Exposed Access Credentials
Most PHP applications interact with a database. This usually involves connecting to a database server and using access credentials to authenticate:
This could be an example of a file called db.inc that is included whenever a connection to the database is needed. This approach is convenient, and it keeps the access credentials in a single file.
Potential problems arise when this file is somewhere within document root. This is a common approach, because it makes include and require statements much simpler, but it can lead to situations that expose your access credentials.
Remember that everything within document root has a URL associated with it. For example, if document root is /usr/local/apache/htdocs, then a file located at /usr/local/apache/htdocs/inc/db.inc has a URL such as http://example.org/inc/db.inc.
Combine this with the fact that most web servers will serve .inc files as plaintext, and the risk of exposing your access credentials should be clear. A bigger problem is that any source code in these modules can be exposed, but access credentials are particularly sensitive.
Of course, one simple solution is to place all modules outside of document root, and this is a good practice. Both include and require can accept a filesystem path, so there’s no need to make modules accessible via URL. It is an unnecessary risk.
If you have no choice in the placement of your modules, and they must be within document root, you can put something like the following in your httpd.conf file (assuming Apache):
<Files ~ “\.inc$”>
Deny from all
It is not a good idea to have your modules processed by the PHP engine. This includes renaming your modules with a .php extension as well as using AddType to have .inc files treated as PHP files. Executing code out of context can be very dangerous, because it’s unexpected and can lead to unknown results. However, if your modules consist of only variable assignments (as an example), this particular risk is mitigated.
My favorite method for protecting your database access credentials is described in the PHP Cookbook (O’Reilly) by David Sklar and Adam Trachtenberg. Create a file, /path/to/secret-stuff, that only root can read (not nobody):
SetEnv DB_USER “myuser”
SetEnv DB_PASS “mypass”
Include this file within httpd.conf as follows:
Now you can use $_SERVER[‘DB_USER’] and $_SERVER[‘DB_PASS’] in your code. Not only do you never have to write your username and password in any of your scripts, the web server can’t read the secret-stuff file, so no other users can write scripts to read your access credentials (regardless of language). Just be careful not to expose these variables with something like phpinfo() or print_r($_SERVER).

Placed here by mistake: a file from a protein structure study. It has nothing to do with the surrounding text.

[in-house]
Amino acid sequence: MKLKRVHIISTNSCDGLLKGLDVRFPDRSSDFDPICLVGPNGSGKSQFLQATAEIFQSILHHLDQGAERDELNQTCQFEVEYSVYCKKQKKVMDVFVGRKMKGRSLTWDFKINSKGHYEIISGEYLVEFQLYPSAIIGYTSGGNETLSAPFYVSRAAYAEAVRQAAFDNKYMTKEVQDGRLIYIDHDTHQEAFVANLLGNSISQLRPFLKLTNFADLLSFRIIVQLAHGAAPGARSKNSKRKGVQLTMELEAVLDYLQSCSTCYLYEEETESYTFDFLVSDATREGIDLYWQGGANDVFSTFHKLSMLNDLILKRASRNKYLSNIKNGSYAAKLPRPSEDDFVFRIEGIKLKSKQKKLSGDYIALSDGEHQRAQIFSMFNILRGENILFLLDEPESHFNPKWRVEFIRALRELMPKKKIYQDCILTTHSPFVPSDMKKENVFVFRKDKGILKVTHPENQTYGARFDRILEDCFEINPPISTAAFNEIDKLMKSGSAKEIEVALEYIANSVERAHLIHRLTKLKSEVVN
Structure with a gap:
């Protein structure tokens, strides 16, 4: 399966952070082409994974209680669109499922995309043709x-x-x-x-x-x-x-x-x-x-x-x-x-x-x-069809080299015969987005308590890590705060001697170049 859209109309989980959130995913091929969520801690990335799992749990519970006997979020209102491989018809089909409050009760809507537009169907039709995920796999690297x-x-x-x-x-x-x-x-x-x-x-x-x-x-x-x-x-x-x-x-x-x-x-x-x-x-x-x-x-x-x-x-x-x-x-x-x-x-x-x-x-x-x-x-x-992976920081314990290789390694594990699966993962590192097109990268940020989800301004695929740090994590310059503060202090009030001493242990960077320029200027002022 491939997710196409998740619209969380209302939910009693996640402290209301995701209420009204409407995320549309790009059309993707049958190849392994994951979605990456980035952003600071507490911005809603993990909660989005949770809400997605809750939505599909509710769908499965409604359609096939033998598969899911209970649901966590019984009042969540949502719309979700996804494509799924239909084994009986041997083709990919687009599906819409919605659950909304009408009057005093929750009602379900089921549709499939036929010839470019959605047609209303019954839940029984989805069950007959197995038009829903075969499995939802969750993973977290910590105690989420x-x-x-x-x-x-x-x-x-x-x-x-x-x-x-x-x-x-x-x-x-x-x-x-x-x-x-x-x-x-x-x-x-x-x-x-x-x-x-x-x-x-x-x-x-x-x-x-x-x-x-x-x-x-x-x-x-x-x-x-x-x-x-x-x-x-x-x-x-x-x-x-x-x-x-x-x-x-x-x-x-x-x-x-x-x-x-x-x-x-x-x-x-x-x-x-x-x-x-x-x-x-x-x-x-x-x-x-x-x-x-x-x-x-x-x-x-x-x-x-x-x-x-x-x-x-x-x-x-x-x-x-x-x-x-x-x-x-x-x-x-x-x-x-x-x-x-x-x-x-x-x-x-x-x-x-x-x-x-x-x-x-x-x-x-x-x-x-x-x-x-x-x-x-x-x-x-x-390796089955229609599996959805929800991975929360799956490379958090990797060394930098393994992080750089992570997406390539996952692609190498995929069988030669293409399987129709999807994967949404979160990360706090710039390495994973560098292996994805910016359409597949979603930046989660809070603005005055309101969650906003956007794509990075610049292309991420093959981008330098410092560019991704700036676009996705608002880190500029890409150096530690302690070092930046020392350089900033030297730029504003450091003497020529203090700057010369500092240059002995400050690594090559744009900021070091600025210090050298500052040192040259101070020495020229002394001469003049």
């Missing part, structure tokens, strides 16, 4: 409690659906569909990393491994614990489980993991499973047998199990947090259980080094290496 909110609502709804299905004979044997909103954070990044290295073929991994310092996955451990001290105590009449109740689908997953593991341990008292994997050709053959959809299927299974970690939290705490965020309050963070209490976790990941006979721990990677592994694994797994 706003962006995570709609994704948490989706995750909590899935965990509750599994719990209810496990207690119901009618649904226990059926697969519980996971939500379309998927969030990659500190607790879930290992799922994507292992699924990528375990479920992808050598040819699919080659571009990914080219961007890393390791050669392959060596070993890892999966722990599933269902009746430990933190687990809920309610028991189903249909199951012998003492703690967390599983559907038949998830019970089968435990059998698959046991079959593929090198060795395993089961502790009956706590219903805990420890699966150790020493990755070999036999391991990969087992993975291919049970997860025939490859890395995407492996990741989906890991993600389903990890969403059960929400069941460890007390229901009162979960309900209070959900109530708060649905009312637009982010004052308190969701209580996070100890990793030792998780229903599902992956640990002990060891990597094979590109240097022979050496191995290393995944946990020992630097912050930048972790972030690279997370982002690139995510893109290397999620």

SQL injection attacks are extremely simple to defend against, but many applications are still vulnerable. Consider the following SQL statement:
This query is constructed with $_POST, which should immediately look suspicious.
Assume that this query is creating a new account. The user provides a desired username and an email address. The registration application generates a temporary password and emails it to the user to verify the email address. Imagine that the user enters the following as a username:
bad_guy’, ‘mypass’, ”), (‘good_guy
This certainly doesn’t look like a valid username, but with no data filtering in place, the application can’t tell. If a valid email address is given (email@example.com, for example), and 1234 is what the application generates for the password, the SQL statement becomes the following:
Rather than the intended action of creating a single account (good_guy) with a valid email address, the application has been tricked into creating two accounts, and the user supplied every detail of the bad_guy account.
While this particular example might not seem so harmful, it should be clear that worse things could happen once an attacker can make modifications to your SQL statements.
For example, depending on the database you are using, it might be possible to send multiple queries to the database server in a single call. Thus, a user can potentially terminate the existing query with a semicolon and follow this with a query of the user’s choosing.
MySQL, until recently, does not allow multiple queries, so this particular risk is mitigated. Newer versions of MySQL allow multiple queries, but the corresponding PHP extension (ext/mysqli) requires that you use a separate function if you want to send multiple queries (mysqli_multi_query() instead of mysqli_query()). Only allowing a single query is safer, because it limits what an attacker can potentially do.
Protecting against SQL injection is easy:
- Filter your data. This cannot be overstressed. With good data filtering in place, most security concerns are mitigated, and some are practically eliminated.
- Quote your data. If your database allows it (MySQL does), put single quotes around all values in your SQL statements, regardless of the data type.
- Escape your data. Sometimes valid data can unintentionally interfere with the format of the SQL statement itself. Use mysql_escape_string() or an escaping function native to your particular database. If there isn’t a specific one, addslashes() is a good last resort.